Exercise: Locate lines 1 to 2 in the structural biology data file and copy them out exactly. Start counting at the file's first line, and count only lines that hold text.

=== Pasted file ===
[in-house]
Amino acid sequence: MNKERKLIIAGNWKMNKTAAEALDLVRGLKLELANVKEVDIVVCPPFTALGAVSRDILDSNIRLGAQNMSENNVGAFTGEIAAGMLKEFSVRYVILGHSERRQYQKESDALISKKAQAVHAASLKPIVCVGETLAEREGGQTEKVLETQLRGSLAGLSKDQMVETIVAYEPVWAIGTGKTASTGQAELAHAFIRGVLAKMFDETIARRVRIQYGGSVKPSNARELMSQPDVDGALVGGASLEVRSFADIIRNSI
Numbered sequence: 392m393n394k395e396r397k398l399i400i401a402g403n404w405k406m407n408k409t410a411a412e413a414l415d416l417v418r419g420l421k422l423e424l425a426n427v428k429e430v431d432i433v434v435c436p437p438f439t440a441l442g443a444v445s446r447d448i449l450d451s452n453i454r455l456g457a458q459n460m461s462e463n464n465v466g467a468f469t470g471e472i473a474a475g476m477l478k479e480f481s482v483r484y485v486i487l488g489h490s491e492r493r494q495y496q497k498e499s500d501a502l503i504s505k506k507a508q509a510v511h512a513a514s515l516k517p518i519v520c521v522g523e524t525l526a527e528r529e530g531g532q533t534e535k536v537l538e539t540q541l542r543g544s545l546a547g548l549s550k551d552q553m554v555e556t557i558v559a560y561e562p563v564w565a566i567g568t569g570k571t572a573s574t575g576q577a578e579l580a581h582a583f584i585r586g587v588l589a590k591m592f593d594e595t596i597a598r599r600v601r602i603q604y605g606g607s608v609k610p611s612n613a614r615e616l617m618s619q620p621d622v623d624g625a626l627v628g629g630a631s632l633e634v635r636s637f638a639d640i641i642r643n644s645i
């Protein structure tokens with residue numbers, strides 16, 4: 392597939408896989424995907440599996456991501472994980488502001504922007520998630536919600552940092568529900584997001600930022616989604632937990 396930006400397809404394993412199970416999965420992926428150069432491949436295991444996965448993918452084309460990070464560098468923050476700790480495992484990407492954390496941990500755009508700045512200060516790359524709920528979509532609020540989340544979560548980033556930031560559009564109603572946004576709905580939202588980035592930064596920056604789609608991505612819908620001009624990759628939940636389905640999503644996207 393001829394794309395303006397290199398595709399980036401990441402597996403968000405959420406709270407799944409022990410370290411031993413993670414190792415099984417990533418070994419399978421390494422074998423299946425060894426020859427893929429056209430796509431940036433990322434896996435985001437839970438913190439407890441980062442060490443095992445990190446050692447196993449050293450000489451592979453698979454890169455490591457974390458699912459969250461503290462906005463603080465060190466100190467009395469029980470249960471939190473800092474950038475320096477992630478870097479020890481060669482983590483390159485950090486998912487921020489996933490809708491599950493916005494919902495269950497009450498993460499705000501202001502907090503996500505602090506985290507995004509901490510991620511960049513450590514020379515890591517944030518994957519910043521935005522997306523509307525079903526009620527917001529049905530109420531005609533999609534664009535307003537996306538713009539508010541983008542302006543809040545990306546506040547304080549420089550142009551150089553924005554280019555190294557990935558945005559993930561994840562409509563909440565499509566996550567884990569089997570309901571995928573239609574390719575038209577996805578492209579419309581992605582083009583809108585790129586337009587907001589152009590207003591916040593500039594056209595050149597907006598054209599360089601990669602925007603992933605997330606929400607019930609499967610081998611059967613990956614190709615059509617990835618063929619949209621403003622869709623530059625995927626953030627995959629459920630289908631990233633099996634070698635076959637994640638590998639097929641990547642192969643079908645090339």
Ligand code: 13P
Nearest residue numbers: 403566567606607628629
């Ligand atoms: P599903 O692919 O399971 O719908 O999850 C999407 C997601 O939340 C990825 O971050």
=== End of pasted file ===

[in-house]
Amino acid sequence: MNKERKLIIAGNWKMNKTAAEALDLVRGLKLELANVKEVDIVVCPPFTALGAVSRDILDSNIRLGAQNMSENNVGAFTGEIAAGMLKEFSVRYVILGHSERRQYQKESDALISKKAQAVHAASLKPIVCVGETLAEREGGQTEKVLETQLRGSLAGLSKDQMVETIVAYEPVWAIGTGKTASTGQAELAHAFIRGVLAKMFDETIARRVRIQYGGSVKPSNARELMSQPDVDGALVGGASLEVRSFADIIRNSI